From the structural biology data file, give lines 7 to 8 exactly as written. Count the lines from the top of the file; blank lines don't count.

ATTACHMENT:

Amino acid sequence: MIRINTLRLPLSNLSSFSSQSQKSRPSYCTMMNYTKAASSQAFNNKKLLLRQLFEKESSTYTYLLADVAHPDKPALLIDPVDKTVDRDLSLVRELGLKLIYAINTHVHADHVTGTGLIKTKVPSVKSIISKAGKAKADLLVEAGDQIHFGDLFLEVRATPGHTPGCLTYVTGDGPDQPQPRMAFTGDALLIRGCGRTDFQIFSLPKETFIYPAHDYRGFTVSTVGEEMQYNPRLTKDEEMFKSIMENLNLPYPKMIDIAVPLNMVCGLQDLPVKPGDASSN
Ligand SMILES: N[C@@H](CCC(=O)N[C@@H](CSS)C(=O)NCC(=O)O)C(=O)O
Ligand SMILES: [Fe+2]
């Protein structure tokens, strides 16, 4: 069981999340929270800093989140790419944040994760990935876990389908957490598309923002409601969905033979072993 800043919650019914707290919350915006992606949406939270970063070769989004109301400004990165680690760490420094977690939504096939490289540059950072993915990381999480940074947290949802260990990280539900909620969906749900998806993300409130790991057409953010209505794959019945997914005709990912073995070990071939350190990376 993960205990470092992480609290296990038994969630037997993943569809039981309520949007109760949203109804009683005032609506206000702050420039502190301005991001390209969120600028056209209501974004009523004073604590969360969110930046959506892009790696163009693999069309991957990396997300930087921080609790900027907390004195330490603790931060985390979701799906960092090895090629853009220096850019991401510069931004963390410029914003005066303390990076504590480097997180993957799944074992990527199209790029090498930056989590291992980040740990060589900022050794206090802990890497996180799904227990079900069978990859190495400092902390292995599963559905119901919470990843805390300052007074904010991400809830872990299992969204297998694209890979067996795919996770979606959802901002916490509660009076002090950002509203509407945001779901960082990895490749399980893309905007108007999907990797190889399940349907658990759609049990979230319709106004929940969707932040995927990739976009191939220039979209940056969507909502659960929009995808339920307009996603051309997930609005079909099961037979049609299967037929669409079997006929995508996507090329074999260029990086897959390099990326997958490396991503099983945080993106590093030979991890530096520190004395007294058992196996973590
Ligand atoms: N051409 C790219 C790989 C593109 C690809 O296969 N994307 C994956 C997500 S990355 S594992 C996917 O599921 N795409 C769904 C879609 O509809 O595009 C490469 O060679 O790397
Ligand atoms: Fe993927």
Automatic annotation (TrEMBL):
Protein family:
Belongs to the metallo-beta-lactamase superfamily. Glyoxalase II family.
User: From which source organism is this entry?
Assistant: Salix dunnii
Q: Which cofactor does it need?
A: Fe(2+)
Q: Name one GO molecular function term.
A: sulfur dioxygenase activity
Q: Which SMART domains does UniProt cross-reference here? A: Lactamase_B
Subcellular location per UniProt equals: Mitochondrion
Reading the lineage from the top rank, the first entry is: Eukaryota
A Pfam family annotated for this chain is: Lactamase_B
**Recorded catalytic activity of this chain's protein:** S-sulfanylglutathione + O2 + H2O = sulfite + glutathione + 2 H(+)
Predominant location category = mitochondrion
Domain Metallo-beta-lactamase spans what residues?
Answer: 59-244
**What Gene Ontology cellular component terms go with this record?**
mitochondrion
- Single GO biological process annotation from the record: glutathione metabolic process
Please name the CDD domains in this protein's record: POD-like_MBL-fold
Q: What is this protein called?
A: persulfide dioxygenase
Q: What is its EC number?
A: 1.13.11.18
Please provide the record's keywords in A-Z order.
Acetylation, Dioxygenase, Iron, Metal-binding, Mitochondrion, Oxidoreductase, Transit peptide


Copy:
Automatic annotation (TrEMBL):
Protein family: